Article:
Wednesday, November 23, 2011
Reverend’s Reviews: Full Frontal Fassbender
Most immediately, Fassbender co-stars beginning today in David Cronenberg’s A Dangerous Method from Sony Pictures Classics. He portrays the pioneering early 20th-century psychiatrist Carl Jung, who falls in with both a miscast Viggo Mortensen (Cronenberg’s go-to guy of late, having previously starred in the director’s Eastern Promises and A History of Violence) as Sigmund Freud, Jung’s mentor, and a deeply disturbed mental patient played by a Russian-accented Keira Knightley.
Fassbender is excellent, and Knightley could end up with an Academy Award nomination for her initially over-the-top but ultimately affecting turn. Although their sex scenes (which primarily involve clothed spanking) are more silly than scandalous, both seem to invest their hearts as well as their bodies in them. I enjoyed Mortensen’s livelier than usual performance as Freud but can’t help but feel busy Oscar winner Christoph Waltz would have been a better, more authentically European choice.
While A Dangerous Method is handsomely-produced and -designed, what should have been an intriguing story fell pretty flat for me. Cronenberg directs with no particular flair, and Christopher Hampton’s talky screenplay doesn’t delve enough into Jung’s hinted-at devotion to mysticism or the Jewish Freud’s cultural/religious insecurities (“Put not your trust in Aryans,” Freud warns cryptically at one point.) The film is now playing in Los Angeles and New York City and will expand nationally soon.
Fassbender also headlines and bares all in Fox Searchlight’s Shame, scheduled to open in select cities on December 2nd. The actor won the prestigious Best Actor award at this year’s Venice Film Festival for his fully-committed performance as Brandon, a contemporary NYC sex addict. All seems to be going well for Brandon both at his day job and with his indiscriminate nightly escapades. Once his rootless sister (Carey Mulligan) enters the picture, however, all hell truly breaks loose.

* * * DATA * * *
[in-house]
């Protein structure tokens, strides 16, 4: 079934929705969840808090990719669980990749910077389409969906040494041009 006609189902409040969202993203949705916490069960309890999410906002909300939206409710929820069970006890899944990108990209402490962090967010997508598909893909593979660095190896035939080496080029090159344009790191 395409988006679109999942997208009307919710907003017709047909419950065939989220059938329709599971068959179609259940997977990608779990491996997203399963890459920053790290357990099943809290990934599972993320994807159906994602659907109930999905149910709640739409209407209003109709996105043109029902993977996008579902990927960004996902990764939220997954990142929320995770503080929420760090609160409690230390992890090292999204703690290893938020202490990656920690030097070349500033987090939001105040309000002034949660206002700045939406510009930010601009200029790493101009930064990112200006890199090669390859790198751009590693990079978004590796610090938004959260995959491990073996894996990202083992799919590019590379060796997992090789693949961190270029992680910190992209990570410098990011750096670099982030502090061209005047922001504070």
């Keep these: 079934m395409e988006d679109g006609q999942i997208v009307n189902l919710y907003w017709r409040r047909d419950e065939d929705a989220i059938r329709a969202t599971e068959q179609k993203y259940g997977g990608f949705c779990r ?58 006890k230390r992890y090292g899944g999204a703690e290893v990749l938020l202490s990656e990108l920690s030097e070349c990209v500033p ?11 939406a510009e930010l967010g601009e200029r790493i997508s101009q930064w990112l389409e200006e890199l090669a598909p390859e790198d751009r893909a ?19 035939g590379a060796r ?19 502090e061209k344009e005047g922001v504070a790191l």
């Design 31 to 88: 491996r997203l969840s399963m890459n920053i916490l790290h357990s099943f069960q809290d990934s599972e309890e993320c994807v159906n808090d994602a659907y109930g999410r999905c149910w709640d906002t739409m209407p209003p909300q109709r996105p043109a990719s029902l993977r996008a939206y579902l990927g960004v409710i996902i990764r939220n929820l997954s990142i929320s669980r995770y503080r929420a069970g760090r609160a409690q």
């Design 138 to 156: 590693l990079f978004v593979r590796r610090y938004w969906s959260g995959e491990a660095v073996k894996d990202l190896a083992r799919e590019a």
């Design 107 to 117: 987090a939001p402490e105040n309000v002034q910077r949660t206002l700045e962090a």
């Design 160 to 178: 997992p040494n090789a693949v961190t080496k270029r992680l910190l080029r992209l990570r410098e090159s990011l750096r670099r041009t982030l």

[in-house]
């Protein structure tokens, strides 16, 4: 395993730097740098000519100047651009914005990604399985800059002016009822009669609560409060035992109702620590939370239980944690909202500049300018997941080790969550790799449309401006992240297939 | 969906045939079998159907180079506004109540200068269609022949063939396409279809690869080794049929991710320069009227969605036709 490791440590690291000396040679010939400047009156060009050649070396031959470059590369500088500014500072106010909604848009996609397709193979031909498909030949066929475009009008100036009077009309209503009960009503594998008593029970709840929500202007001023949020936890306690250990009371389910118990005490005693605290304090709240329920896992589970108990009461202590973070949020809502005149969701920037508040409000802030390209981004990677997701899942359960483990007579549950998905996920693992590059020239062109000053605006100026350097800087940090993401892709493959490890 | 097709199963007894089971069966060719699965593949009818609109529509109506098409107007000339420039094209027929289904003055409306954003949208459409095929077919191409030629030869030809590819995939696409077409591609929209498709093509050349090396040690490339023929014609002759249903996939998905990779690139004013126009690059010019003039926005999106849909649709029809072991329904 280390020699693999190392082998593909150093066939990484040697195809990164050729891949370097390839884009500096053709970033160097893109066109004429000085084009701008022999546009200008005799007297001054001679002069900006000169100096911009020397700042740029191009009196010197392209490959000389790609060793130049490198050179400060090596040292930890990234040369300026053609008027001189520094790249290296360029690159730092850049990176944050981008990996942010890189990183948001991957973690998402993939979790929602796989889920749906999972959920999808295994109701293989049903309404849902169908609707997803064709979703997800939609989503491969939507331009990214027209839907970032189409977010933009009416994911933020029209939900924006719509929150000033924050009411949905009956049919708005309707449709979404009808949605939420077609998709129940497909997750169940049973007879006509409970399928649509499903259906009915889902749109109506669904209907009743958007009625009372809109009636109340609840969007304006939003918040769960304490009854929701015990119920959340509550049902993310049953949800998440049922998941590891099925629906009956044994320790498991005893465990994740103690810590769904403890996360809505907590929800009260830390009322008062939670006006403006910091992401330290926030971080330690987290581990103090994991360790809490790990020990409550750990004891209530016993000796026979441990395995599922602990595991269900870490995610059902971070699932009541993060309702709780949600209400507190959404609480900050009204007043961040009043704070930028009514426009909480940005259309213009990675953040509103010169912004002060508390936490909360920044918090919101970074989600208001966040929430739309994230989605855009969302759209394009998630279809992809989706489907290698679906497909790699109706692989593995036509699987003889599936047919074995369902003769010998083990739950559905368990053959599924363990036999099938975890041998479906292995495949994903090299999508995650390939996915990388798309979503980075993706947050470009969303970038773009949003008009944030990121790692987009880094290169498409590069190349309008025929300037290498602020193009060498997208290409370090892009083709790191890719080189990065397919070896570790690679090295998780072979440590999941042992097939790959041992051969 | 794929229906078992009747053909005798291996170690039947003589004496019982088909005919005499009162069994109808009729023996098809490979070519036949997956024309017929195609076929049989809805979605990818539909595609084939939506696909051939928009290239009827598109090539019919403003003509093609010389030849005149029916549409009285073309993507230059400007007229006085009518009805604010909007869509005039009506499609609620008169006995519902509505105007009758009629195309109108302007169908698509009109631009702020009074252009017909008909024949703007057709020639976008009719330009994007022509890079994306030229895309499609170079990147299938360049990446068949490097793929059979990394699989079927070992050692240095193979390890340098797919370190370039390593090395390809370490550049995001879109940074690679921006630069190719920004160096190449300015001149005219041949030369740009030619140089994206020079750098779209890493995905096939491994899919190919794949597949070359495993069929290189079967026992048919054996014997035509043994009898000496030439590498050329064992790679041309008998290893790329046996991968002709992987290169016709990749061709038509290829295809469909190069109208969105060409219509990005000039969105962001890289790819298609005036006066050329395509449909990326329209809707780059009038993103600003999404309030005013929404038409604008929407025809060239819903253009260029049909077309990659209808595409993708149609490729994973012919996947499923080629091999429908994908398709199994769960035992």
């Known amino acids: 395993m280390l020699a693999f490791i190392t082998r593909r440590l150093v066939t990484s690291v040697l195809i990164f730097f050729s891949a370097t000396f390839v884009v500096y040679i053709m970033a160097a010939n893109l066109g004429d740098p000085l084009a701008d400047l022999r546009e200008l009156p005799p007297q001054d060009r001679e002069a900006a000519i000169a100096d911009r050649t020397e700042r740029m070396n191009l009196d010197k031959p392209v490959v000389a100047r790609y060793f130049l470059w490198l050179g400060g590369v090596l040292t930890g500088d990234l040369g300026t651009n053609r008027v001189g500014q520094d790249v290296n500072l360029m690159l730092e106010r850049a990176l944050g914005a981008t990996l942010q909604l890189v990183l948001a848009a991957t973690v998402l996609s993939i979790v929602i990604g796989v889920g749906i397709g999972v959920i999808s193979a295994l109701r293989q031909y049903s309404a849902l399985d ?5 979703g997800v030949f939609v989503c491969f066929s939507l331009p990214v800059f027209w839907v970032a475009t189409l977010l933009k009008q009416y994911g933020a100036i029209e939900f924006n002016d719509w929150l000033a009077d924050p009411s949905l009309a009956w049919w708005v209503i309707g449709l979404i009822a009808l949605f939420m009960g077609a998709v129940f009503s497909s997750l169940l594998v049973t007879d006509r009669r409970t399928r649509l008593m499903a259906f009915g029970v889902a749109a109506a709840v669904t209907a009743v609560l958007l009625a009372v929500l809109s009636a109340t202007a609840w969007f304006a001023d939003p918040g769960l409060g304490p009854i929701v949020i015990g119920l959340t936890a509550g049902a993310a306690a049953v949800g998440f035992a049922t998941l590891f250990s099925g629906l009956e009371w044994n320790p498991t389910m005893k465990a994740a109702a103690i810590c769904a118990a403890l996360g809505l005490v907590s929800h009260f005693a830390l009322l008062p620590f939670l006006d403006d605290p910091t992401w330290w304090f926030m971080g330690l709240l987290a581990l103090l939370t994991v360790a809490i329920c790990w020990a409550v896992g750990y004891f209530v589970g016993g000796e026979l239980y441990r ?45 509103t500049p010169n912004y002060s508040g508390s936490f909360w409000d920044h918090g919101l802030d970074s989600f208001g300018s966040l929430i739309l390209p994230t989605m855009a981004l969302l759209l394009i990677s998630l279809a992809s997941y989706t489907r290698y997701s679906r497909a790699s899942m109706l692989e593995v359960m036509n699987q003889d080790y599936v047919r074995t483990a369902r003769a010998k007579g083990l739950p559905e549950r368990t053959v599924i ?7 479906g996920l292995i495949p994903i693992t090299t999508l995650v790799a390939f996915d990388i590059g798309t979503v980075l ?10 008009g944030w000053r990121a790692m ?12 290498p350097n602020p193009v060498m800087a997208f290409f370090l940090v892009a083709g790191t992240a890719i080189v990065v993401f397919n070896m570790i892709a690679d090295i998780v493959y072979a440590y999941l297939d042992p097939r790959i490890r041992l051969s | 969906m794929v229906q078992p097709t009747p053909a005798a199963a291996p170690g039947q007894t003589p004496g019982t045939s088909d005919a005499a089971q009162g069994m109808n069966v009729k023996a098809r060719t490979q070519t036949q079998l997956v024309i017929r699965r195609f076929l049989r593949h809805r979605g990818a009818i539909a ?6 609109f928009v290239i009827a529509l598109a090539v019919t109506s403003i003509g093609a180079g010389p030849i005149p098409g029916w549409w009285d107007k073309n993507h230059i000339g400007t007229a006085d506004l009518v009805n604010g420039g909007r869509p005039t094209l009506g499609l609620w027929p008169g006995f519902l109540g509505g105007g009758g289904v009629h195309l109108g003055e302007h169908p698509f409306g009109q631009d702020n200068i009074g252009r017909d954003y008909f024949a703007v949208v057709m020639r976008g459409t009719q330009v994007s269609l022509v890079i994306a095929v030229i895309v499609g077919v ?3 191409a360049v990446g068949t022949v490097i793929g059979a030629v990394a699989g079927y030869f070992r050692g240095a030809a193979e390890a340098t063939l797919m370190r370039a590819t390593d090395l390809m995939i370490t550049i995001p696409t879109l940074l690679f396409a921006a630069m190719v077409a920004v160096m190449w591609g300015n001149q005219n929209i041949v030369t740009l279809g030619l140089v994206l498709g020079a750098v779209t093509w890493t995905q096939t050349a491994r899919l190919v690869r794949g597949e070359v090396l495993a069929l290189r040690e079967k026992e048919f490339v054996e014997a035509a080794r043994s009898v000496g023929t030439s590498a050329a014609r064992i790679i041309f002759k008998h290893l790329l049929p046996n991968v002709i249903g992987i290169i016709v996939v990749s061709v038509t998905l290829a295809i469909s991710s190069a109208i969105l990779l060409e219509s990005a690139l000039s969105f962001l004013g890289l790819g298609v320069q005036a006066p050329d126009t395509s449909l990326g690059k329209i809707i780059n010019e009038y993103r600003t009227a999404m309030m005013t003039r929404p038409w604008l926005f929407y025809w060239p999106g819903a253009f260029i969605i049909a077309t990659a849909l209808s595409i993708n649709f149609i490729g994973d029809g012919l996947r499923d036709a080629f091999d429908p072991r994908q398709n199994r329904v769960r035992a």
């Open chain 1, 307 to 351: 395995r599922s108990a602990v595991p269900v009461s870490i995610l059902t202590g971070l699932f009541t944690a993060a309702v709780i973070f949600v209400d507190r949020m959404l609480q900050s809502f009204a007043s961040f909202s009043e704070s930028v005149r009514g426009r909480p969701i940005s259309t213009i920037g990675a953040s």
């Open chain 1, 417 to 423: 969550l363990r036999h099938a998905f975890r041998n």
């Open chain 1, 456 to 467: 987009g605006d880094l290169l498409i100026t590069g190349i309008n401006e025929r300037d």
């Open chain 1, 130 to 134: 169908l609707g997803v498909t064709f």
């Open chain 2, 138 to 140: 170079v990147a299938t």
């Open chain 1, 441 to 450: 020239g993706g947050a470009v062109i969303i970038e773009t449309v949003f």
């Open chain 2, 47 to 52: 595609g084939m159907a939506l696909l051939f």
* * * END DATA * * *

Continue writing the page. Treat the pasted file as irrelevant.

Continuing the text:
Screenwriters Steve McQueen (who also directs) and Abi Morgan heavily imply all manner of sexual abuse and incest in Brandon’s and Sissy’s pasts but hesitate from revealing anything definitive. As a result, Shame tends to wallow in its graphic sexual scenes (both heterosexual and homosexual, and far from arousing) rather than provide any illumination or redemption. I still can’t believe that the prospect of Brandon’s participation in a 12-step group for those suffering from sexual addiction is never raised, despite Shame being set in a city as chock-full of fellow addicts and support groups as Manhattan.
Fassbender and Mulligan may deservedly be honored with year-end critics groups’ citations for their arresting work here, even though Leonardo DiCaprio (J. Edgar) and George Clooney (The Descendants) are the current front runners for the Best Actor Oscar. The strong-stomached will likely consider Shame worthwhile viewing based exclusively on Fassbender’s performance and/or his frequently displayed, admittedly impressive physical endowment. No offense, Michael, but I have every confidence you are made of stronger stuff and look forward to even finer, predominantly clothed performances from you in the future.
A Dangerous Method: C+
Review by Rev. Chris Carpenter, resident film critic of Movie Dearest and the Blade California.